X-Marks The Pedwalk
The House Of Rain
When Sevren Ni-Arb abruptly reactivated X-Marks The Pedwalk after a decade-plus hiatus, long-term rivets had a tough time triangulating the sound and shape of the project’s new iteration. Sure, 2010’s Inner Zone Journey had tunes like “Seventeen” which didn’t sound too far removed from a tuned-up revisitation of late-period X-Marks’ speedy club appeal which paved the way for futurepop, but the textured atmospherics and melancholic harmonies which rode alongside it pointed to something else. 2012’s The Sun, The Cold, And My Underwater Fear caused more befuddlement, flipping between moody downtempo and the sort of artful club feints wonks like me love Frank Spinath for. With third post-reactivation album The House Of Rain, it finally feels as though we have a sense of what this new vision of X-Marks The Pedwalk is all about.
Although Ni-Arb’s classical training always poked through in vintage Pedwalk’s more dramatic moments, on The House Of Rain these are directly coupled with his talent for studio polish and given as much room to roam through the tracks as can be given. The end result, at least from the listener’s perspective, is a sound which combines current high-gloss industrial soundscapes with perennial darkwave themes and motifs, perhaps not so different in mood if not in component elements from the likes of Collide, or a more ornate version of oft-overlooked Daniel Meyer/Victoria Lloyd collaboration HMB.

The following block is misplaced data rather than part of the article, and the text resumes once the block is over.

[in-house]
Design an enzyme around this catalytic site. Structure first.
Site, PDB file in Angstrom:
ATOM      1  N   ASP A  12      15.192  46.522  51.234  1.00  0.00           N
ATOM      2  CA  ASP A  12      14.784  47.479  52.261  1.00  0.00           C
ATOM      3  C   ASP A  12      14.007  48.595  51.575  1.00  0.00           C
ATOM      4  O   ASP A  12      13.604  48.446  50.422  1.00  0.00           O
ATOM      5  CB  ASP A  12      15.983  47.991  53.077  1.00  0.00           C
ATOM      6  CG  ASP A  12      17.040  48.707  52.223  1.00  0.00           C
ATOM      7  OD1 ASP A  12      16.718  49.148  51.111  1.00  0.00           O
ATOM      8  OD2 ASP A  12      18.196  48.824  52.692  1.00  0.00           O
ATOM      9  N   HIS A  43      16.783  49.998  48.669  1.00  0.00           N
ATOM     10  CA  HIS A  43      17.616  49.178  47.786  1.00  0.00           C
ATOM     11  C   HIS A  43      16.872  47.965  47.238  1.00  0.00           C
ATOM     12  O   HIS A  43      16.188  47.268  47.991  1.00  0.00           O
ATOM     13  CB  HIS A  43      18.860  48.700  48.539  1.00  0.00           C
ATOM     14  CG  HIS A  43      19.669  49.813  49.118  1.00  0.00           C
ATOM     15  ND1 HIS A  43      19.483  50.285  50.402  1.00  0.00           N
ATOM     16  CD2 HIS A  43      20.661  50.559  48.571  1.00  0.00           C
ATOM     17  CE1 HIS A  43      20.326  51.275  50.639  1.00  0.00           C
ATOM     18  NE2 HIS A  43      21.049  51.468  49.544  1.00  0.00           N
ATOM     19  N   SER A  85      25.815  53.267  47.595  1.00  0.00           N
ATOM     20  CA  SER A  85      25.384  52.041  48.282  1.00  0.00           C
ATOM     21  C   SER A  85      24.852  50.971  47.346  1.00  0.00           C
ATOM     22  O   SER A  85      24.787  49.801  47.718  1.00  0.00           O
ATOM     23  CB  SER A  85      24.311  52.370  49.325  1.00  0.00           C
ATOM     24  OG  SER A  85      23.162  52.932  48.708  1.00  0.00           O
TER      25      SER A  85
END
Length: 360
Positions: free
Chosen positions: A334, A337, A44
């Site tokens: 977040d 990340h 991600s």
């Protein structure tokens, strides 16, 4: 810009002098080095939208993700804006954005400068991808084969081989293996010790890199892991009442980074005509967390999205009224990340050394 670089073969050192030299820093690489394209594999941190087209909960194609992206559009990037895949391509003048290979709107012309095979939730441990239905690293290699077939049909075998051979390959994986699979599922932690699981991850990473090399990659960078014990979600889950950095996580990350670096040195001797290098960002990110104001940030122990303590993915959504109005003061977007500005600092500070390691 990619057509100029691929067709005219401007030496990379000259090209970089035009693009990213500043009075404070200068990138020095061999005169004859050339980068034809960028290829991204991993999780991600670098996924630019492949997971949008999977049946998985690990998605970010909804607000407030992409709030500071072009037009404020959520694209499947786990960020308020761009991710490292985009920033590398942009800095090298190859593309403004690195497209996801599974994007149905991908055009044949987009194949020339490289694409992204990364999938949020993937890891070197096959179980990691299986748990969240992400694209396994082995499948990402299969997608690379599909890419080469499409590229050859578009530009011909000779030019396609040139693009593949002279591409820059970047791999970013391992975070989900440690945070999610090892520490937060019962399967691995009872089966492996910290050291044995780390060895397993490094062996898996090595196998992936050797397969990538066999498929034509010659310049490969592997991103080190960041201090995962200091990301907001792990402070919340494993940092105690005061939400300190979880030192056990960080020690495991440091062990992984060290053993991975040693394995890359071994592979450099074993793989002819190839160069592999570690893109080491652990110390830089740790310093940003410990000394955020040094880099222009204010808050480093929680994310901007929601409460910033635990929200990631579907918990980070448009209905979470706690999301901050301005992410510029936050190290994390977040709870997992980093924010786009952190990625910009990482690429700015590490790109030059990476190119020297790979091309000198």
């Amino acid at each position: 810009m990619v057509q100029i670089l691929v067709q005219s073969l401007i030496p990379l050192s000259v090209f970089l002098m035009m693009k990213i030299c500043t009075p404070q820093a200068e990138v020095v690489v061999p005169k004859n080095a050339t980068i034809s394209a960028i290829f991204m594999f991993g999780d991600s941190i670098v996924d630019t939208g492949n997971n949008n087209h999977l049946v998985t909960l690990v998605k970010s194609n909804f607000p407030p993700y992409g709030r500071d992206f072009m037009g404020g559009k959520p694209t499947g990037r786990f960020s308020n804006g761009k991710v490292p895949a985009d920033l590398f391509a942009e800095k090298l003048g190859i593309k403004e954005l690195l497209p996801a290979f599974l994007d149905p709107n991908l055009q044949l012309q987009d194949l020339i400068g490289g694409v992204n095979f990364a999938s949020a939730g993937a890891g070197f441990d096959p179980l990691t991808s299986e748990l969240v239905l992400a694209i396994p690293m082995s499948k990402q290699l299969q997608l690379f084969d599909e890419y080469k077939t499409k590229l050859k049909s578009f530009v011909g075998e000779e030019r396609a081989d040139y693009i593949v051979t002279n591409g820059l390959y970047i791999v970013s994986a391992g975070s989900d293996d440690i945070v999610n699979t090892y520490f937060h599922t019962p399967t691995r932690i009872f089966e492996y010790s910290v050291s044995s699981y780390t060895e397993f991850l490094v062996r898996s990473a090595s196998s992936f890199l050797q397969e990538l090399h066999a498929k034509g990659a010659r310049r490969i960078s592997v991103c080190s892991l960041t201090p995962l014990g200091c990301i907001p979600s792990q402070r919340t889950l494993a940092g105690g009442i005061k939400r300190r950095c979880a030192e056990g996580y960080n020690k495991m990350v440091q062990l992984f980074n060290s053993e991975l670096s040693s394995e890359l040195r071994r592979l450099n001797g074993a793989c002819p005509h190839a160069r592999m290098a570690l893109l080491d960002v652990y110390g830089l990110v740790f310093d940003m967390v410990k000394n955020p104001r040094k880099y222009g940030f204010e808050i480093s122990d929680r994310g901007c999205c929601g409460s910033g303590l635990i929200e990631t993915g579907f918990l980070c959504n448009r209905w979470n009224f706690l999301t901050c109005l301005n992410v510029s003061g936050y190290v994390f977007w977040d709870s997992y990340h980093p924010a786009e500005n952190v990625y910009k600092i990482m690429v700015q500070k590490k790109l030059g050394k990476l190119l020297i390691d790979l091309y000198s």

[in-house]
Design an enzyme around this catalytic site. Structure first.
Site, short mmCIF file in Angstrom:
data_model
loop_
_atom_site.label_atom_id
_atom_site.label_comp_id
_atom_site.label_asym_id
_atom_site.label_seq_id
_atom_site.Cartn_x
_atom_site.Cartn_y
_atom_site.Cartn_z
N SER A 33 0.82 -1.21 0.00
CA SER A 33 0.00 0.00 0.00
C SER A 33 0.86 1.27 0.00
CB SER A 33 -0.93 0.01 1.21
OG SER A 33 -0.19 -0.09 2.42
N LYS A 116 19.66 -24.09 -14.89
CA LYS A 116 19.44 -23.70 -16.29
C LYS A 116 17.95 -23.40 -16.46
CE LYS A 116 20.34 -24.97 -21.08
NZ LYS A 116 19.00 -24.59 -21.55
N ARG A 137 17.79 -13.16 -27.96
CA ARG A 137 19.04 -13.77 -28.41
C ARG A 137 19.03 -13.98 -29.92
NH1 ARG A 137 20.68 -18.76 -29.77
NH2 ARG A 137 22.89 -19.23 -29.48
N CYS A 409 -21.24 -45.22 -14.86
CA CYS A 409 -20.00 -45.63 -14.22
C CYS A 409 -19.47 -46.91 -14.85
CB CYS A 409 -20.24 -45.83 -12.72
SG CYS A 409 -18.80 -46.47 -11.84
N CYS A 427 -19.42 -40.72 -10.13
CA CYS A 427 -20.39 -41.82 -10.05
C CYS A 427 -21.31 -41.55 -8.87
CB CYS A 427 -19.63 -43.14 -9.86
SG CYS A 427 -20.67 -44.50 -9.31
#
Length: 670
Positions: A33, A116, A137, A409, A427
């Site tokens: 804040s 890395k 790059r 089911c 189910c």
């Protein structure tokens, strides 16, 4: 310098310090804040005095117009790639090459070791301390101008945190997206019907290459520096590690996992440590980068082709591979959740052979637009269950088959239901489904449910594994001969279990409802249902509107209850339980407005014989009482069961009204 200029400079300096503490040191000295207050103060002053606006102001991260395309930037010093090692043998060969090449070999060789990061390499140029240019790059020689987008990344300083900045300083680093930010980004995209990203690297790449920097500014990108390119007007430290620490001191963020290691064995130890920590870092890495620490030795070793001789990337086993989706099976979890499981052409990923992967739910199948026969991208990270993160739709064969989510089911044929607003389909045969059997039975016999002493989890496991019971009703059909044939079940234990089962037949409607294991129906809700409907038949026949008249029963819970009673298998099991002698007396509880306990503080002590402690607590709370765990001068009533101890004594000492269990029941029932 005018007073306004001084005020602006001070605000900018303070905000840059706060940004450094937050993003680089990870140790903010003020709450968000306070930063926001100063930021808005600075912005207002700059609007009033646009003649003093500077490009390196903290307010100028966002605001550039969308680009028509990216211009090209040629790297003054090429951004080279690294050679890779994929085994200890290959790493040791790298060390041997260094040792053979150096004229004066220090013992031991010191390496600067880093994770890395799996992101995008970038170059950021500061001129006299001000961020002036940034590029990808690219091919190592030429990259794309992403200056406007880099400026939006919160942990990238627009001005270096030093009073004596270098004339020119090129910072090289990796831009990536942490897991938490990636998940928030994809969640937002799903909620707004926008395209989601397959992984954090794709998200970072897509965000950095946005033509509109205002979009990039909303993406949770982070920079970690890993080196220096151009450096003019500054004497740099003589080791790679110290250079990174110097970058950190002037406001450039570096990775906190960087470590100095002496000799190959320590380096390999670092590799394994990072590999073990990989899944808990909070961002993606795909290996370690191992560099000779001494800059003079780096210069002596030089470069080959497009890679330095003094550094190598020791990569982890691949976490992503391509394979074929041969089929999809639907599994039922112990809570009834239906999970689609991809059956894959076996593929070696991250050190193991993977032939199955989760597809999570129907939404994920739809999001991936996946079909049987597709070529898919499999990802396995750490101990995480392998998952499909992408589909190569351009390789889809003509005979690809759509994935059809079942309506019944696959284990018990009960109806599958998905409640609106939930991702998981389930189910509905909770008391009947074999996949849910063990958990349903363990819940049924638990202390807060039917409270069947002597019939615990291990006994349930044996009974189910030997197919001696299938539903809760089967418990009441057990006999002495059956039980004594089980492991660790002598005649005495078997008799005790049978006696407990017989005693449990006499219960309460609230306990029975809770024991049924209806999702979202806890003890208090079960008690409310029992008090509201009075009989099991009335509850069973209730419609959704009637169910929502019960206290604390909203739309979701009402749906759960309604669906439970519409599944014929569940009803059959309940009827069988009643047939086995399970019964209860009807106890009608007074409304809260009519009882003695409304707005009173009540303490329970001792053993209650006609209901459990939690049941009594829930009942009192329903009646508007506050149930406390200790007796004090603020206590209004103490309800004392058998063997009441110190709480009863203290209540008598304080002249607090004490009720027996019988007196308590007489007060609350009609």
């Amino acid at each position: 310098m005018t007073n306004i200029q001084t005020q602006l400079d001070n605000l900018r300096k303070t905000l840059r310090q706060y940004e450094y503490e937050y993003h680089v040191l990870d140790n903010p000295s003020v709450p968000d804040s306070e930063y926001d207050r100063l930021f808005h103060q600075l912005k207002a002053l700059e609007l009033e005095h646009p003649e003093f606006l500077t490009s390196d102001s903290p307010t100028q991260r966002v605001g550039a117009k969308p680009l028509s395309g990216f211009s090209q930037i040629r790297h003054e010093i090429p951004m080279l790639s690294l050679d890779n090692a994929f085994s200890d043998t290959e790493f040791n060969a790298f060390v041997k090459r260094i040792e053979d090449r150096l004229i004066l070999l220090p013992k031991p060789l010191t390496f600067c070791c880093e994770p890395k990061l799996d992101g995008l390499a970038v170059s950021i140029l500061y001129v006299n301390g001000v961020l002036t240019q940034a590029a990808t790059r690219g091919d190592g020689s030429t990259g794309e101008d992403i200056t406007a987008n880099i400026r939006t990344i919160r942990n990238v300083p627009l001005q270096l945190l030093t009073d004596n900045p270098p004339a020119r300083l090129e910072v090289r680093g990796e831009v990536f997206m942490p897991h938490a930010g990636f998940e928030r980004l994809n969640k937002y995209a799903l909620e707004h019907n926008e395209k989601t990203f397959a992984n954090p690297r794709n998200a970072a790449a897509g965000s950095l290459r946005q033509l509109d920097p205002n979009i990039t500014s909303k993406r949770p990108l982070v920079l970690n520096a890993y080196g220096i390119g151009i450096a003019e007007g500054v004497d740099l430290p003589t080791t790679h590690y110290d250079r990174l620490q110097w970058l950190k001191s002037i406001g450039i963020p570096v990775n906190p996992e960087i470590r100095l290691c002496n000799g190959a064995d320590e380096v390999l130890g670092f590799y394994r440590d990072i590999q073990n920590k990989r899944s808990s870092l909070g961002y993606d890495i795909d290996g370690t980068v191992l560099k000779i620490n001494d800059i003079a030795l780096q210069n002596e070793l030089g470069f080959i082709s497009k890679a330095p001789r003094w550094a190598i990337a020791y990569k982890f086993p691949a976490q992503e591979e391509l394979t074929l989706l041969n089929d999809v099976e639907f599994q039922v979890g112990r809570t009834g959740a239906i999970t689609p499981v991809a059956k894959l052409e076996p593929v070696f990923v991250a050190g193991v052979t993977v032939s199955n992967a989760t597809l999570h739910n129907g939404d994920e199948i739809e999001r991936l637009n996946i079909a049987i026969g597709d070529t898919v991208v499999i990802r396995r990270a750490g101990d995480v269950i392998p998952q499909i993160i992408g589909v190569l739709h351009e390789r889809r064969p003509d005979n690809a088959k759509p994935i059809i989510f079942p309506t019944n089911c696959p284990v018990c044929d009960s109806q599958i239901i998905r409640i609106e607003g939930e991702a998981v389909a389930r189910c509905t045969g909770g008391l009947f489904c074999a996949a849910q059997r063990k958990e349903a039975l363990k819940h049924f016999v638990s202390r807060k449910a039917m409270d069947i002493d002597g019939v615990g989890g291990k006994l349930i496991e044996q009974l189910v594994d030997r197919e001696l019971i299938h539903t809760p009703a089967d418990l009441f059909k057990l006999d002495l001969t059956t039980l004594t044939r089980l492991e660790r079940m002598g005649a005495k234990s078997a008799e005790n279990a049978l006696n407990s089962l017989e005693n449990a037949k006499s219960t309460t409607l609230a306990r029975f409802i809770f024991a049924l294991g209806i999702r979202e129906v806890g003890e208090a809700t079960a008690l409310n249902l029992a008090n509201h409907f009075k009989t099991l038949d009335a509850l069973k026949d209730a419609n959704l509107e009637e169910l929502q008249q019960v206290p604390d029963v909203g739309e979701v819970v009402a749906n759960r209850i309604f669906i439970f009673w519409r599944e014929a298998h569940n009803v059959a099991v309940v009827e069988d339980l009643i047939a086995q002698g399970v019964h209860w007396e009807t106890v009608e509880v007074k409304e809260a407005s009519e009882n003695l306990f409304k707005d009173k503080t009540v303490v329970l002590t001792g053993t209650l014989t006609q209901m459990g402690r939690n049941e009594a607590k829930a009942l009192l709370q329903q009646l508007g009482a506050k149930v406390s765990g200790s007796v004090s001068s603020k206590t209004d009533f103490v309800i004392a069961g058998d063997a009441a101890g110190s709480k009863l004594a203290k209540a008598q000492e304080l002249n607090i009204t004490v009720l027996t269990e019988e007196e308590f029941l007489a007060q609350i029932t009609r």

The core song structures underneath The House Of Rain‘s baroque presentation are just as appealing as anything in the Pedwalk back catalog, but their kaleidoscopic framing provides innumerable baubles and intrigue. There’s a remarkably simple groove at the bottom of “Amplified Dichotimy”, but it’s covered in such a shrouded mass of sound design that even the sharply rhythmic vocals seem like will o the wisps, pulling the ear in a variety of misleading directions. Similarly, perhaps the closest thing to a traditional club track, “Second Home”, comes with so much granular polish on its churning engine that one could be forgiven for focusing on the machinery rather than the journey.
While this attention to detail makes for great chin-stroking fodder, a more skeptical reader could be forgiven for worrying that this would come at the cost of immediacy, or worse, heart. For my money, it’s the vocals, split between Ni-Arb and Estefania (the latter of whom takes a more prominent position than ever before) which offer a core thread throughout, allowing the listener to indulge in The House Of Rain‘s more exotic sound design without ever losing focus on its human element. On “Go Down” the vocal character Sev-ren strikes is an odd mix, with a vulnerable lyricism which feels perfectly in keeping with that darkwave vibe I alluded to earlier, but also strikes upon the futurepop template he was working with years before the likes of Stephan Groth. Estefania cagily switches between a gloomily observational feel on “Drowned Words” and a far homier and earthier tone on the almost whimsical “Frozen Light”.
Although its second half lands on the bouncier side of things, The House Of Rain still feels like the furthest thing from “classic” Pedwalk material the band’s ever released. Connections could likely be traced back to Drawback, the band’s last record before the hiatus, but the florid, borderline gothic mood laid overtop of those more minimal tracks lends The House Of Rain a good deal of distance from the band’s original sound. More than any other post-millennial Pedwalk release, though, that distance is also what allows it to gel as an album.